5 Difficult Questions to Prepare for Before an Interview

By Caroline Schmidt

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Interviews are a daunting process and no matter how hard you try to prepare for anything, you are always faced with the unexpected. Wouldn’t it be great to go into an interview knowing exactly what your interviewer was planning to ask and how to answer it? Unfortunately, we can never be too sure what we will be asked of in an interview but there are some common questions that do arise in interviews that you can prepare for.

Read to learn how you can ace your next interview with these great tips.

 

  1. Tell me about yourself.

Every job interview starts with some sort of icebreaker so that the interviewer can get to know you on a more personal level. That being said, it is important to know what they really want to hear when they ask a question like this. They don’t really want to know a bunch of irrelevant things about you, they want to know how your personality fits in with their company and the role they are hiring for.

 

For example, if you are interviewing for a job that involves working with people one-on-one, you’d want to emphasise that you have great social skills or point out any team based hobbies that you undertake. Sports are usually a good one to talk about because they usually have a high social component involved or educational courses you have taken (e.g. a TAFE course) that relates to the role.

 

  1. Why are you interested in this job?

When interviewers ask this, they want to know if you are passionate about working for their company in particular or just looking for any job out there. This is a good time to talk about any knowledge you might have of the company such as company values, partnership charities, projects they take part in and anything else you find interesting about them. Usually, you can find most of this information on their website so be sure to check out your company’s background before you go into the interview.

 

Do not begin by saying you are interested in the salary, this is an instant red flag for most interviewers. If possible, try to avoid talking about the salary as much as possible. Be genuine when speaking about why you want the job as recruiters are good at spotting people who are not fully committed.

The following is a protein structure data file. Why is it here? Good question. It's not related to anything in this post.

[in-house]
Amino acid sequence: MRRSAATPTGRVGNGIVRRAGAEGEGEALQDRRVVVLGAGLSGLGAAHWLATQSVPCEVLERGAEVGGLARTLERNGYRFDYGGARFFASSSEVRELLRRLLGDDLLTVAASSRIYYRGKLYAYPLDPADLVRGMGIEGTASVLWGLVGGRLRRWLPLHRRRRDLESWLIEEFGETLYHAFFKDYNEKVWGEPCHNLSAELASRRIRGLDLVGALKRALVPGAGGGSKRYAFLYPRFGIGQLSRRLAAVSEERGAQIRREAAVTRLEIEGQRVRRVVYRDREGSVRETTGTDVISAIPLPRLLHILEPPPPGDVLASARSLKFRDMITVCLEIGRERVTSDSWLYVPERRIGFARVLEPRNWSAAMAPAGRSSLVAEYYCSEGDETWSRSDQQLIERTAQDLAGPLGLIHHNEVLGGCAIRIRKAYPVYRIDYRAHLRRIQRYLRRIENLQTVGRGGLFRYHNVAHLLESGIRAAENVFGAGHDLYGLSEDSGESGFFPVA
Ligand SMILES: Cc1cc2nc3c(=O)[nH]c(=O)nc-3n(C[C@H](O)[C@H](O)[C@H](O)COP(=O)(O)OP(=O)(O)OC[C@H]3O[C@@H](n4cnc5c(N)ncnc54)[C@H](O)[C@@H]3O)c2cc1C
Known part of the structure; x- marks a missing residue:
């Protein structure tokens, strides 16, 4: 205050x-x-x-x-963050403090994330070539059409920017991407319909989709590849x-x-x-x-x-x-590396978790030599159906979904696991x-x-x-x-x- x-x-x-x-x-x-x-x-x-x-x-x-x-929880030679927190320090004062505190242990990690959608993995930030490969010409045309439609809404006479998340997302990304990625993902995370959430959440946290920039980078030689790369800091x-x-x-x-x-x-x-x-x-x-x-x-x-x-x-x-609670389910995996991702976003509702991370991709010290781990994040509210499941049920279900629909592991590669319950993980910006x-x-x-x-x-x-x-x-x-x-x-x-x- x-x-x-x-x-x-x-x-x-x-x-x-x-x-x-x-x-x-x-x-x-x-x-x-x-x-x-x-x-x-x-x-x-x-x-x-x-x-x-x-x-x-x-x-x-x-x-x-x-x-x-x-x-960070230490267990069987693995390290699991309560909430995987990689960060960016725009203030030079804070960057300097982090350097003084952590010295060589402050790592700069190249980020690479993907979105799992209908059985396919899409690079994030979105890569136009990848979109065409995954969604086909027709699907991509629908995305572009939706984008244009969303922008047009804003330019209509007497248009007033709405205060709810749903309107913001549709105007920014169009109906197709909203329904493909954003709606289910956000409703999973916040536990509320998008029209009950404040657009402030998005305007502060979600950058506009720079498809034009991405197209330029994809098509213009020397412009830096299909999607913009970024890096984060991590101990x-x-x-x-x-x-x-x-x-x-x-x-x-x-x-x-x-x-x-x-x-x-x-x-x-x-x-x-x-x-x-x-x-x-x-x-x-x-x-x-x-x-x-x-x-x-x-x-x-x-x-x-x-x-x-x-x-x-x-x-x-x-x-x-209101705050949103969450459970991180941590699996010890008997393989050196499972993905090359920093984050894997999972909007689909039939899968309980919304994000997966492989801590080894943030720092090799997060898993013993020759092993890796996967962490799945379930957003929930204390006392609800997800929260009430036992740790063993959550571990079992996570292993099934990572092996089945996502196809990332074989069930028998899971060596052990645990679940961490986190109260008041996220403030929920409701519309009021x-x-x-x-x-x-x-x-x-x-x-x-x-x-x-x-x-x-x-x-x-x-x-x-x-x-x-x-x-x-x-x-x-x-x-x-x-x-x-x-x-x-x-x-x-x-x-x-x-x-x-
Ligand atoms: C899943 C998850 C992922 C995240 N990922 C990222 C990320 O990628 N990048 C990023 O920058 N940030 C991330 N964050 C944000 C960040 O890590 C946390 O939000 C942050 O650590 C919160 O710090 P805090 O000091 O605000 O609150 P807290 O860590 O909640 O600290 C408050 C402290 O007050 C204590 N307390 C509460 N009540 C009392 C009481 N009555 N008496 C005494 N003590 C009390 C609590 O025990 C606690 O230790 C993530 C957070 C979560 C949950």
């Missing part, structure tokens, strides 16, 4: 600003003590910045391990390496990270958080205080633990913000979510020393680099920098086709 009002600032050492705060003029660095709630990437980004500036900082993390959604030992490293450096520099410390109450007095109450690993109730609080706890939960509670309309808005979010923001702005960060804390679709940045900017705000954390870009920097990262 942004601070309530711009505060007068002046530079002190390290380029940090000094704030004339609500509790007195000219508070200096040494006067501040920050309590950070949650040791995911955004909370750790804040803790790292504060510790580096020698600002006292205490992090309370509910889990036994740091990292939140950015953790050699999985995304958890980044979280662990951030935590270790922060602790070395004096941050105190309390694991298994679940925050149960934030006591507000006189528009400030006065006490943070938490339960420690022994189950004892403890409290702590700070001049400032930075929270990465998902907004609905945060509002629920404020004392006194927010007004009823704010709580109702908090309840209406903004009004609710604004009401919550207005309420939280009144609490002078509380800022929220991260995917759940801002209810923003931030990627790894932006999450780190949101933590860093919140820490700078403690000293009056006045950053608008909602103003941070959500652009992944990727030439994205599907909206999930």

1. What are your greatest strengths?

Be careful when you are answering this question, it is important not to be too arrogant (e.g. “I’m good at everything.”) or too modest. When speaking about your strengths, make sure they are relevant to the job you are applying for. Don’t spend ten minutes discussing how skillful you are at painting if you applying for a job in finance. Make sure your strengths relate to the key criteria for the role (e.g. “I am very good with numbers”).

 

Be sure to mention any extra qualifications you have completed (e.g. a TAFE course) that will help further your success in the role, as well as any anecdotes that can demonstrate what you are saying in a real situation. If you are worried about coming across as arrogant, try using someone else’s words (e.g. “my past employer used to say I was great at meeting deadlines).

 

  1. What are your weaknesses?

Try not to overshare when asked this question as that can negate the good impression you’ve made on your recruiter so far. Also, do not try and avoid the question completely by saying you have no weaknesses as this will make you look like you have no ability to self-reflect on your capabilities. Instead, try and talk about something that used to be an area of weakness for you, but through different experiences and self-learning, you were able to improve so that is it not an issue anymore.

 

For example, you could say that you used to find it difficult earlier on in your career to organise and handle large workloads, but through the use of day planners and efficient delegation of time, you were able to overcome this and you can now call it one of your greatest strengths.

 

  1. Where do you see yourself in five years?

While many people think that employers want to hear that they will be with the company for many years to come, it is actually quite unrealistic. If you genuinely do want to stay with the company for the next five years or more, tell them but if you have other career goals make sure you are able to communicate this to your employer as well (e.g. in five years I would hope to have a management role), this way they are aware of what your goals are and can help accommodate them.

 

Job interviews can be a scary process but with enough preparation, anyone can ace them!

 

About the Author:

Caroline Schmidt writes the blogs for Kangan Institute. She is passionate about education, careers, and giving advice to students of all ages.

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